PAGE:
Both were left-handed power hitters, and they were close in age. But one clear advantage Duda had over Davis was better exit velocity when he connected. Given regular playing time, the Mets projected, Duda could develop into an elite slugger.
So a year ago they kept Duda and traded Davis, and Duda flourished. In 2014, he hit 30 home runs, drove in 92 runs and established himself as one of the team’s core players.
The challenge now for teams is how to consistently use exit velocity in a smart way. The challenge for fans is to become familiar with yet another of the advanced statistics that are rapidly changing the way people think about the game. Exit velocity is already being mentioned during game broadcasts.
The major change for Moustakas has been his approach. He’s been going the other way a lot more this season. It’s tough to see in the the chart but if you look at the hit location for his line drives you should see the pattern. This is one of those things, however, that clearly stand out when you watch him hit.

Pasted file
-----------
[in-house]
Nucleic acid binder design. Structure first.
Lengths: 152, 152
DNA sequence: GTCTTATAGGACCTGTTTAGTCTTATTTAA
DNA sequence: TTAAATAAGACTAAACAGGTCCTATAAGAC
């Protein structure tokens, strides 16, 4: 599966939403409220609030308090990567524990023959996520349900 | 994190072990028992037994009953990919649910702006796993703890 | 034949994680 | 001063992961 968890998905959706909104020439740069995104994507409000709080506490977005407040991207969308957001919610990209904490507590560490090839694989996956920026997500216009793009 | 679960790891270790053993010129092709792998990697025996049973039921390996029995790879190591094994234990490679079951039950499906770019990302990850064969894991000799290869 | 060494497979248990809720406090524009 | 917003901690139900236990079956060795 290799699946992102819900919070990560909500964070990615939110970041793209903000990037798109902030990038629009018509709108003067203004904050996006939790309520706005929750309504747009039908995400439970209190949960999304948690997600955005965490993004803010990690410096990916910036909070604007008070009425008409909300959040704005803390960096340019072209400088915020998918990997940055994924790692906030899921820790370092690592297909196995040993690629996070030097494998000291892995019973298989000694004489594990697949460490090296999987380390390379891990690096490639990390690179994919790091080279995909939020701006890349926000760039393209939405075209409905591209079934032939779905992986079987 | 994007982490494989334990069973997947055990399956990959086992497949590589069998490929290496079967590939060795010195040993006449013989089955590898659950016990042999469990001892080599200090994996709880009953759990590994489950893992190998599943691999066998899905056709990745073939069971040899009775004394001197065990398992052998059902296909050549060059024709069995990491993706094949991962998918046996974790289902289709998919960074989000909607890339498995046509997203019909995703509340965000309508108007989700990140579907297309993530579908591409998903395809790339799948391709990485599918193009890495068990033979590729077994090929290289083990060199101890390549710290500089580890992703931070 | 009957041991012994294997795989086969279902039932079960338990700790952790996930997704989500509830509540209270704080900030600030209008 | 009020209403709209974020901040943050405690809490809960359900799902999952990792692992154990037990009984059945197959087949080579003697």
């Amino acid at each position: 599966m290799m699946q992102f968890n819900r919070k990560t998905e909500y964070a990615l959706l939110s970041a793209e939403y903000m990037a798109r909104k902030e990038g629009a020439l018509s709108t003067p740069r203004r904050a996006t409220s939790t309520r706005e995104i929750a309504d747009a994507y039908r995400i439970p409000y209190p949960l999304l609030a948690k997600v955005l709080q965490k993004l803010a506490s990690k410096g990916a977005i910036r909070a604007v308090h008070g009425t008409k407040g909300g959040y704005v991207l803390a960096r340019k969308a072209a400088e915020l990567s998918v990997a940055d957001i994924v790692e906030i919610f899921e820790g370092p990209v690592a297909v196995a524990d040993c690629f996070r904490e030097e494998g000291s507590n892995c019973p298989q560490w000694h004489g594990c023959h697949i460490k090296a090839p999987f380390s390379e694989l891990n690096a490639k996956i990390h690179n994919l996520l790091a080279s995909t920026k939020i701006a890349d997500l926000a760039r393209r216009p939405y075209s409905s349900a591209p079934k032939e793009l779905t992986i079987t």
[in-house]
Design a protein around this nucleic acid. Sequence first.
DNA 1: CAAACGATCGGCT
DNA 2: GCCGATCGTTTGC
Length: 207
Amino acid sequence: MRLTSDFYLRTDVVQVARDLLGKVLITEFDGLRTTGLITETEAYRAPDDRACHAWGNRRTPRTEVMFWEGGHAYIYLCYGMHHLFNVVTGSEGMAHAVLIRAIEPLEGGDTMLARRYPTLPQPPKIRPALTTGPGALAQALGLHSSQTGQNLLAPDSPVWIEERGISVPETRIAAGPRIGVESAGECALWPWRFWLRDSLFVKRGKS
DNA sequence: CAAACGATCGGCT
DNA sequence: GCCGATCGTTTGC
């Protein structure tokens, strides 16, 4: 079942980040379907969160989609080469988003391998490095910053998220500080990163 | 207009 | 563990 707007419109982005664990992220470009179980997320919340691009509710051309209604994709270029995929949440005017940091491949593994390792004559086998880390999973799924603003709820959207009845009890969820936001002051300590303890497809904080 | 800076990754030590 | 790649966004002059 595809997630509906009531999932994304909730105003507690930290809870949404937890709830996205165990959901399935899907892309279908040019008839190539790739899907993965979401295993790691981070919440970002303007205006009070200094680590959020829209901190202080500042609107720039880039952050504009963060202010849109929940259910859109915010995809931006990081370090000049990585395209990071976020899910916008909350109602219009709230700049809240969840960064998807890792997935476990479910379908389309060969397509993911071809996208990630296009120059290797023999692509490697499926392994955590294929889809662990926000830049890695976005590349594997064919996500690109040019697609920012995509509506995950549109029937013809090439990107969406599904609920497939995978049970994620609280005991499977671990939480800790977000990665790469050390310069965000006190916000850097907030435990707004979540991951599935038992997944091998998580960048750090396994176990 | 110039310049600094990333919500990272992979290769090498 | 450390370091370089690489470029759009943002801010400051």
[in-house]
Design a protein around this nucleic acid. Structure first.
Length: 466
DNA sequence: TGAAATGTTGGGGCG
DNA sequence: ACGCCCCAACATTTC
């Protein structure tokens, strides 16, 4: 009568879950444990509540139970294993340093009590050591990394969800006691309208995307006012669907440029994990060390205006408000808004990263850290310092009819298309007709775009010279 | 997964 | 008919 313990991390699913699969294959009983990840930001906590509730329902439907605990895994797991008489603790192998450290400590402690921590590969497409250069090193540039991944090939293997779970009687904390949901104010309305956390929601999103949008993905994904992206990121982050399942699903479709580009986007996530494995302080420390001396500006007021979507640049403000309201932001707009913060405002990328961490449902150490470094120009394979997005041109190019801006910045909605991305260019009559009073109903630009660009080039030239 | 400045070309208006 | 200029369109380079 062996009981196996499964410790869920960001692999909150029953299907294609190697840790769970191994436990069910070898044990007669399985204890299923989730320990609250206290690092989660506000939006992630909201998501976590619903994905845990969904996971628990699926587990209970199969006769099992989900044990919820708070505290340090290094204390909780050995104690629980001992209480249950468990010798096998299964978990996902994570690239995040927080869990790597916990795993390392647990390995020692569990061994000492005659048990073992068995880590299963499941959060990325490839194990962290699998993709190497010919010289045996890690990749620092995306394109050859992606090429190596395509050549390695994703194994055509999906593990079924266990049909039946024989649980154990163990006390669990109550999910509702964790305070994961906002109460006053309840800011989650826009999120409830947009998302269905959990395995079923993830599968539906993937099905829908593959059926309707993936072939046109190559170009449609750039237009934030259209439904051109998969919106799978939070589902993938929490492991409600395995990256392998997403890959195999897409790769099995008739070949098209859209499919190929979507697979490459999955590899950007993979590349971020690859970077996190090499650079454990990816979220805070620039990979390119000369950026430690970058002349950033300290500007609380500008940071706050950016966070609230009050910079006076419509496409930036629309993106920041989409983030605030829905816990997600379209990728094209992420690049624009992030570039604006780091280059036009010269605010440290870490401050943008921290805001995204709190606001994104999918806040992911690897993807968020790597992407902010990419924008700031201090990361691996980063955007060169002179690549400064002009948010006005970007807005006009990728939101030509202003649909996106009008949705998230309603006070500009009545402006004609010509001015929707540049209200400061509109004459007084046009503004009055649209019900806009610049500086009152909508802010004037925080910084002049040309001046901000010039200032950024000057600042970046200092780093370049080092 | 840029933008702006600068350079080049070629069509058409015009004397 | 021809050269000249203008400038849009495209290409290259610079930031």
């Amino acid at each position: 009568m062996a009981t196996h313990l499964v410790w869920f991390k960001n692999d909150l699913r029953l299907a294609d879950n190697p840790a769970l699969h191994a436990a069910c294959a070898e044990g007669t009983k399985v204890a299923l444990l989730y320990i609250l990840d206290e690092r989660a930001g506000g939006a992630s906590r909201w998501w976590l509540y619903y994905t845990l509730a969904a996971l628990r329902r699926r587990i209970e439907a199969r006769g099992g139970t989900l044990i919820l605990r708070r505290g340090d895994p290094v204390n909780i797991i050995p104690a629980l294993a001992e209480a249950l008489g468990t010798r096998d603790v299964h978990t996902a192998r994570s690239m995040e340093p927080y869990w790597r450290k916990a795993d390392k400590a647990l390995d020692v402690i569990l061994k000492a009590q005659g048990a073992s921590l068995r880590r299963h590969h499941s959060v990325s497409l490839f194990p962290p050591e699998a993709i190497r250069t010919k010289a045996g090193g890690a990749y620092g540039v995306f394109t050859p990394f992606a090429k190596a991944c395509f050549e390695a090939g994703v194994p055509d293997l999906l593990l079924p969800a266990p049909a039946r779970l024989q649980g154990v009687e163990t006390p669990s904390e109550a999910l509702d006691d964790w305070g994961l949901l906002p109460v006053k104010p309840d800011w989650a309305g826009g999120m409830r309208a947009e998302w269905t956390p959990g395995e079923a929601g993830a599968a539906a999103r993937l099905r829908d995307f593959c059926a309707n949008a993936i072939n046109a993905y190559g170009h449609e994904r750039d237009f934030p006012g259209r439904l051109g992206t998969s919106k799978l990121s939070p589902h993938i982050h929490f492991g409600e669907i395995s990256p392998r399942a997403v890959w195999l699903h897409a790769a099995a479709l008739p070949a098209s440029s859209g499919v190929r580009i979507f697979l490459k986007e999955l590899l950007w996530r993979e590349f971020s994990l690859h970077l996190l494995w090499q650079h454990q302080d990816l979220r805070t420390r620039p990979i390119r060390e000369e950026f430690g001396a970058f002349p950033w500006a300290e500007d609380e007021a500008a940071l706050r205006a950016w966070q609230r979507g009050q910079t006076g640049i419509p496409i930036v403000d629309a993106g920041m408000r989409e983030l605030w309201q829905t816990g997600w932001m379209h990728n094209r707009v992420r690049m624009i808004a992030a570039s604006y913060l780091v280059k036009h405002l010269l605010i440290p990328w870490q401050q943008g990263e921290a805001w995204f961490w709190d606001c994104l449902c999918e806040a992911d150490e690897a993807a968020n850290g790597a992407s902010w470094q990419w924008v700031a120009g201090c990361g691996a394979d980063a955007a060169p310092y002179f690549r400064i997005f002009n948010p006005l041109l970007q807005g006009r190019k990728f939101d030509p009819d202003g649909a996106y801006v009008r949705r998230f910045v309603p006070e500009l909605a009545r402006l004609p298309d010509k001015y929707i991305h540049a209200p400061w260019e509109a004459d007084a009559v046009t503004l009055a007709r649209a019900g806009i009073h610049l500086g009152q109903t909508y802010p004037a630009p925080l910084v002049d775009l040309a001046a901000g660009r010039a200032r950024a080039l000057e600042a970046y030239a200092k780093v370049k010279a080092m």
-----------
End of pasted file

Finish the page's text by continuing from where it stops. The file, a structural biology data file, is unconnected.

Players of other clubs say the [Red Sox] are a long way from harmonious and they intimate that Tris Speaker is the cause of friction. The Washington men even have gone so far as to say that unless “Spoke” is traded or sold, there is no danger of Boston’s winning the pennant.
It is hard to believe that Speaker would deliberately stir up strife…There is not a pleasanter fellow to meet in the world and the writer hesitates to accept as true the report that he is making trouble.
He may not have made the trouble, but he was in the middle of it. According to his SABR bio, Speaker, Joe Wood, and Larry Gardner were part of the Protestant clique on the Sox, which often clashed with the Catholics (including Duffy Lewis and the manager, Bill Carrigan).
“I don’t think he lost them,” Melvin said. “But he and I sat down a few weeks ago. I said, ‘Ron, how do we stop these losing streaks, going 2-8, 1-9?’ I don’t know why that is. That’s what we’re going to find out, what Craig is going to find out. I know we don’t have a No. 1 starting pitcher like a Kershaw. But there is no reason we shouldn’t be better than 7-18.